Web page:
Dating is many things: Fun, funny, exciting, enlightening, and sometimes awkward, repetitive, and laborious. One thing it isn't? Simple. It's the opposite of simple. But what else should we expect from the somewhat colloquial definition of dating that Merriam-Webster defines as "the series of social engagements shared by a couple looking to get married," which also defines a single date as "a romantic appointment." Talk about pressure. Of course, we have a much more fluid understanding of the term today, which simultaneously makes it more fun and less consequential and rigid—but it also tends to complicate things further.
When I started counting how many first dates I'd been on in one year alone, I lost count at 20. And reflecting on all of those initial encounters, what sticks out the most are the lessons learned from each experience. Along the way, I met some not-so-great mates, ditched many bad first dates, had some fun flings, experienced extreme disappointment, and unexpectedly met current partners.
With that said, I've collected all of these lessons and turned them into a set of suggestions, reminders, and tips worth sharing about navigating the many phases of dating. These 18 dating tips are divided into three categories, including the first date, a few dates in, and a few months in. Hopefully, they will help you come up with a dating rule book of your own. Now let's begin with first-date advice.
For the First Few Dates
1. Boundaries are important.
If you are too strict with your likes, dislikes, will/won't dos, you may be missing out on new experiences that could grow your personal edges or expand your worldview.
It's okay if you're still figuring out what your boundaries are, just like it's okay to discover and enforce them mid-date. What you're comfortable with and looking for in a partner will fluctuate based on your lifestyle, support system, ambitions, and the chemistry between the two of you. While it's cool to be more flexible, it's important to make sure your date is being respectful of your boundaries. How do you set healthy boundaries? According to the dating experts at Meet Mindful, speak up for what you need and what you're not comfortable with, but be careful of being too rigid. "If you are too strict with your likes, dislikes, will/won't dos, you may be missing out on new experiences that could grow your personal edges or expand your worldview," the website says. The site goes on to advise, "Stay curious and ask questions about things you don’t know about, even if you worry you may sound silly to your date. You never know where it may land you and sometimes it just may be exactly what you needed."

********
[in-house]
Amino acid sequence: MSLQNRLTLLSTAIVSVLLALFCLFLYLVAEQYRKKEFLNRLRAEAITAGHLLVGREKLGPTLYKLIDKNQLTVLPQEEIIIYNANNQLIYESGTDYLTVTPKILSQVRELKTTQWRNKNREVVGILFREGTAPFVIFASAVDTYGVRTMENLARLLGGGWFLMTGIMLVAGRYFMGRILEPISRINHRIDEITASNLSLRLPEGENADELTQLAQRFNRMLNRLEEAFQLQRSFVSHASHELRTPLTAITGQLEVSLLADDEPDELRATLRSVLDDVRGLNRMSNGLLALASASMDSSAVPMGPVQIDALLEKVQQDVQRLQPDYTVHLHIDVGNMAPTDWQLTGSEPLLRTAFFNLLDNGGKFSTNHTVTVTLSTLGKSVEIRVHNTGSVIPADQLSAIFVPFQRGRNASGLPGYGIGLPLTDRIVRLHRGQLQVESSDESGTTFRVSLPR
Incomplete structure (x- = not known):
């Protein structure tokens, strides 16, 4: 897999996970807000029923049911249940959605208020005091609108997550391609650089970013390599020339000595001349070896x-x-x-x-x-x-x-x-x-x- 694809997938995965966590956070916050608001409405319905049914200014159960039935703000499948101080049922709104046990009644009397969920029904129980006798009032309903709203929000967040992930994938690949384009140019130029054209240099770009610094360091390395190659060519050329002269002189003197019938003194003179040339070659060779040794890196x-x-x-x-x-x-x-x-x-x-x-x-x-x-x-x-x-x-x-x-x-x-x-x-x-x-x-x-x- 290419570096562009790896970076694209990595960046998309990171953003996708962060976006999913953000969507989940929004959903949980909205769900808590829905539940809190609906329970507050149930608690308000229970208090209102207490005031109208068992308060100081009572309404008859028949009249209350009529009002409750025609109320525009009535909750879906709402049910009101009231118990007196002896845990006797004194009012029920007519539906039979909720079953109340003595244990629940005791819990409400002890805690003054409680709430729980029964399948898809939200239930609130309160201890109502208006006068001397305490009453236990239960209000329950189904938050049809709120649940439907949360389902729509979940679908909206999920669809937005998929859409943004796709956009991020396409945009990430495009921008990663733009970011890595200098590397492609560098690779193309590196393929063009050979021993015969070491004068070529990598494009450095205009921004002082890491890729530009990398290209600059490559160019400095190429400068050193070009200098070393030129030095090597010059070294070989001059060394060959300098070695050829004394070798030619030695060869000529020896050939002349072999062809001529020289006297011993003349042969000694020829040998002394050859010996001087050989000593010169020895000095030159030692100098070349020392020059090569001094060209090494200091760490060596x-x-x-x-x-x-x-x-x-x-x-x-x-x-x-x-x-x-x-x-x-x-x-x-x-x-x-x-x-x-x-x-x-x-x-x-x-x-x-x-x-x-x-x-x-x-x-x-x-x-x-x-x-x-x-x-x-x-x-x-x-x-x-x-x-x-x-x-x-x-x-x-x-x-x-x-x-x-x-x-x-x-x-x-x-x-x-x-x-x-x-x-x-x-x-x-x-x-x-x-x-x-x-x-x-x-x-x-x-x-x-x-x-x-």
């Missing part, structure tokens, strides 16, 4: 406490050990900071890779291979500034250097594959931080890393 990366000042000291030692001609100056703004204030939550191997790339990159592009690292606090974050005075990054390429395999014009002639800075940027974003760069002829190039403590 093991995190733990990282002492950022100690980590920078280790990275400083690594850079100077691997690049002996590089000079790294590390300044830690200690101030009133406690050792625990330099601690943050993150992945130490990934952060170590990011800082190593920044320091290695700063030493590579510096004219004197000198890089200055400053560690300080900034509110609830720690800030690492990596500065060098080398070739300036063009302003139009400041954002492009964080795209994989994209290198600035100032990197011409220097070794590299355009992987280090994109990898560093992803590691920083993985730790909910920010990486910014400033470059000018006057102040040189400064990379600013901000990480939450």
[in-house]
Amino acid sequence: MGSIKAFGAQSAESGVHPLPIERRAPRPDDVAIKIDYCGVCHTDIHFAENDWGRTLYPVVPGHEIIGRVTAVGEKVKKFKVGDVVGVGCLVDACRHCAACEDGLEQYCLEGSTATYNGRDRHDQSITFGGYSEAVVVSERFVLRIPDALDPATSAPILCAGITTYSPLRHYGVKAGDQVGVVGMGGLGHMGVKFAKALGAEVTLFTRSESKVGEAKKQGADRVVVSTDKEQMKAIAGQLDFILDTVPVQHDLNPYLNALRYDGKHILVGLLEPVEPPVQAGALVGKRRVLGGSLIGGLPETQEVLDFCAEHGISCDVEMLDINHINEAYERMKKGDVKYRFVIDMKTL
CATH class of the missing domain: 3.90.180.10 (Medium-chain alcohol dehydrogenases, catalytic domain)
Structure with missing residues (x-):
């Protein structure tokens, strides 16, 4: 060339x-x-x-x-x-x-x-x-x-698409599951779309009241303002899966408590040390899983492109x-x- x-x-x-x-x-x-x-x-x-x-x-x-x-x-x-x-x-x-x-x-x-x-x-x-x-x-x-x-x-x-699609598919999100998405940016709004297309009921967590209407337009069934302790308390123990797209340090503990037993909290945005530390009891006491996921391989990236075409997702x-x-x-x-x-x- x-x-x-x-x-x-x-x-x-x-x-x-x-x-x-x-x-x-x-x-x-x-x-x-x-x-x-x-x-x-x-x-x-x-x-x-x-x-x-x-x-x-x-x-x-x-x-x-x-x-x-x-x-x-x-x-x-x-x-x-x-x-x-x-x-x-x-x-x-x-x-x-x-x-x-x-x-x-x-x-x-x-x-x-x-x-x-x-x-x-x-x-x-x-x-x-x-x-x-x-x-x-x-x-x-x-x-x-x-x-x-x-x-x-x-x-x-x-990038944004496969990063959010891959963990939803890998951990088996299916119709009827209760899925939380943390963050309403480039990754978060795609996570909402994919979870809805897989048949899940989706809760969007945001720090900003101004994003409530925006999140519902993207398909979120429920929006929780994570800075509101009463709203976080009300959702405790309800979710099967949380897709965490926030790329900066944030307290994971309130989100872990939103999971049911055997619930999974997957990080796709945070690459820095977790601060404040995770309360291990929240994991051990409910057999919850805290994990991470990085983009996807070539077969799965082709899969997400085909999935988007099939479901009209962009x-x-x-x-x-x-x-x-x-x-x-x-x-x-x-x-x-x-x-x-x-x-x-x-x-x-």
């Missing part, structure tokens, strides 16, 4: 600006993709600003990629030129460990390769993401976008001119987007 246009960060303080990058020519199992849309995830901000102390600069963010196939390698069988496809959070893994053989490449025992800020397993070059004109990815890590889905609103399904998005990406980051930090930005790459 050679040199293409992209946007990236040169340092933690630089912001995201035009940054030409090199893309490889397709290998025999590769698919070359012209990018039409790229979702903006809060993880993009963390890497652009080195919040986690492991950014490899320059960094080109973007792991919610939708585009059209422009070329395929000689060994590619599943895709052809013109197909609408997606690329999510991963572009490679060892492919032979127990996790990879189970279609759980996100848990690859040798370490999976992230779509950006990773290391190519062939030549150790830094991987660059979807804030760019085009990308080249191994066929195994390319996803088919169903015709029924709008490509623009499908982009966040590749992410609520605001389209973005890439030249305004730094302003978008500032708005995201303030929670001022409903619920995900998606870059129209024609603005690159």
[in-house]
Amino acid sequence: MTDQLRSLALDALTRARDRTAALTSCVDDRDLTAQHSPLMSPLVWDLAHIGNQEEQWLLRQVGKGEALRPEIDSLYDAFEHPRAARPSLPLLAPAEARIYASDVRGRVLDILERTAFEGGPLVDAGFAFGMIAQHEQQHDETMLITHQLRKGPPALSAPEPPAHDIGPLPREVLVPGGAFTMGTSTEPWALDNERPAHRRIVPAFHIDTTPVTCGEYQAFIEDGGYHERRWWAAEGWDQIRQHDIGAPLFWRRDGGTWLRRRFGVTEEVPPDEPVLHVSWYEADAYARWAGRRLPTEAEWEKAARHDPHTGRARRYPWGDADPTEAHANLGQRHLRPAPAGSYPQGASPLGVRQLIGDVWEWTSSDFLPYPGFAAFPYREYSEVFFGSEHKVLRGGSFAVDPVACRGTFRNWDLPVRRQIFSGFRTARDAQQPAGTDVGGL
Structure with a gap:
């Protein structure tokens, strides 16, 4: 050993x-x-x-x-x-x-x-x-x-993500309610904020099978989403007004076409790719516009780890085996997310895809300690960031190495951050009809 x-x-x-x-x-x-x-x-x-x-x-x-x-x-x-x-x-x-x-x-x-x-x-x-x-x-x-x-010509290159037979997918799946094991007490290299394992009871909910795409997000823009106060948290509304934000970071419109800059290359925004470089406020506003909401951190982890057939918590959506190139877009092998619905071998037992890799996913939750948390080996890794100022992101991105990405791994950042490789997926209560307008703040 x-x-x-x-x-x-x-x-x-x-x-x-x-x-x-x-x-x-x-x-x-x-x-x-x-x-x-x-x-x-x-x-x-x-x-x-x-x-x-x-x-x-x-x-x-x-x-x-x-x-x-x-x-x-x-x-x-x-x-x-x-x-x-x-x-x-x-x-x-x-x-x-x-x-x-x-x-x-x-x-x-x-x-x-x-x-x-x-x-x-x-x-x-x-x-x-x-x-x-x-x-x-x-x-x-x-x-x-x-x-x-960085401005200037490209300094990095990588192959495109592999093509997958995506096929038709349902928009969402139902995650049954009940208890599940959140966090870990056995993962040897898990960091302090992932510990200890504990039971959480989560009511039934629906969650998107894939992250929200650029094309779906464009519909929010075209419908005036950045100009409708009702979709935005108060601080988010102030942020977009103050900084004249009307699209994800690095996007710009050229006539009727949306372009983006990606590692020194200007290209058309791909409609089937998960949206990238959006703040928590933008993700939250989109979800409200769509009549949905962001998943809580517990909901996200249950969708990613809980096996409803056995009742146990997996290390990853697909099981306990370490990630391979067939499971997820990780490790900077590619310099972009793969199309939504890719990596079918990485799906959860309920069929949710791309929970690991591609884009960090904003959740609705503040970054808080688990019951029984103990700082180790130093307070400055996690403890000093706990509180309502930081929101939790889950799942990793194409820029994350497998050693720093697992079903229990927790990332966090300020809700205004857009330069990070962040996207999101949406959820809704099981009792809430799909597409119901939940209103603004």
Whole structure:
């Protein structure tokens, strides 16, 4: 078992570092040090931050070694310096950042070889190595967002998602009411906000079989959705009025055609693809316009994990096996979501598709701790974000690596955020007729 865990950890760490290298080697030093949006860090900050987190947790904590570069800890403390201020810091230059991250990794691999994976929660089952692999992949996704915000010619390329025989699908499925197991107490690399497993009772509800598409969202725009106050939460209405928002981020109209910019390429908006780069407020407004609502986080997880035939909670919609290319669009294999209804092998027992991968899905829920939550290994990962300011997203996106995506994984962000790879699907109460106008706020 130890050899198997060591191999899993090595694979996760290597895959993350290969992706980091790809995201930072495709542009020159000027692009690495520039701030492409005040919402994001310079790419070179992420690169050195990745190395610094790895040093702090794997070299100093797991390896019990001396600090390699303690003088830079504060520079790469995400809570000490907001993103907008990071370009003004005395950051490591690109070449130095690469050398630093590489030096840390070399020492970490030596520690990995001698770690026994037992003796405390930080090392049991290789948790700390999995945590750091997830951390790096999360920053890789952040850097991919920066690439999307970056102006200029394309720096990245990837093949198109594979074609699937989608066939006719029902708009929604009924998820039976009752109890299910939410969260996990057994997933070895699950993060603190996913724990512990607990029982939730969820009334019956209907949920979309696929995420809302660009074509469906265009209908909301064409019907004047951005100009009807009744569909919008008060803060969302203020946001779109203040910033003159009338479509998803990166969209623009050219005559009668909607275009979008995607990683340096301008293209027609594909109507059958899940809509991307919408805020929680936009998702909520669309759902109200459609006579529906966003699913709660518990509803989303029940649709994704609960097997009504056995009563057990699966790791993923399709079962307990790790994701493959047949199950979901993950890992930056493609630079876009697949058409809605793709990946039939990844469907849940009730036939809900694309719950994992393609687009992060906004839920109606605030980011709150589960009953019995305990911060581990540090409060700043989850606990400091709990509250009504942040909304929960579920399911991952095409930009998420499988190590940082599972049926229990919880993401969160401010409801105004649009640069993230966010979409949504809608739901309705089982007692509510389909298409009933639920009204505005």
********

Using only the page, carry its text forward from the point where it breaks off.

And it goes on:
2. There will be many, many awkward moments, and that's fine.
Between taking an elbow to the trachea on a first hug, falling asleep at the dinner table, getting locked out of your apartment at the end of a date, forgetting your date's name, and literally lighting a table on fire, we've experienced every first-date nightmare you can imagine. Maybe you can relate: When you first start dating, you're a ball of nerves because you're so afraid of feeling slightly uncomfortable or not having anything to say. But it's part of the deal, and once you accept that, you'll start to have so much more fun. You'll also learn how to bounce back from slip-ups on your end, or theirs.
3. If they're clearly looking for something different, call it off early.
Whether your date is looking for something more casual or is ready to settle down, it's always better to call it off earlier rather than further down the dating line when it has become clear you two are looking for different things out of a partnership. I've even left a first date early because of it, and while it was awkward, since we didn't have the same expectations or feelings, it saved both of us some trouble.
4. Never tone it down; be as bold or as soft-spoken as you feel.
Have you ever been told to be yourself, but not too much? First of all, what does that even mean? If we conceal our personalities or keep certain habits at bay to suit a situation, we aren't doing ourselves any favors since those things tend to reveal themselves sooner or later. Plus, wouldn't you rather be adored for who you are, rather than the person you're presenting? So, you may as well let them know who you are from the get-go.
5. Switch the location of your dates up.
If you've been in the dating game for a while, try not to choose the same bar every time. It's easy to do, yes. Out of sheer convenience, it's a no-brainer to just pick your favorite neighborhood dive bars to meet your dates at since they've been tried and true meeting spots (and you could probably get home quickly if you weren't feeling it.) Although, that might have lead to some awkward run-ins. Once for example, two potential suitors turned out to be friends, and even worse than the same-bar issue, they found out that this writer saved their contact info as some interpretation of a literary classic, which I did with everyone I dated until this unfortunate turn of events. A Light in August, Alexander Pushkin, Ichabod Crane, Dylan Thomas, and Benji (another Faulkner reference, of course) are just a few literary-inspired contacts saved in my phone.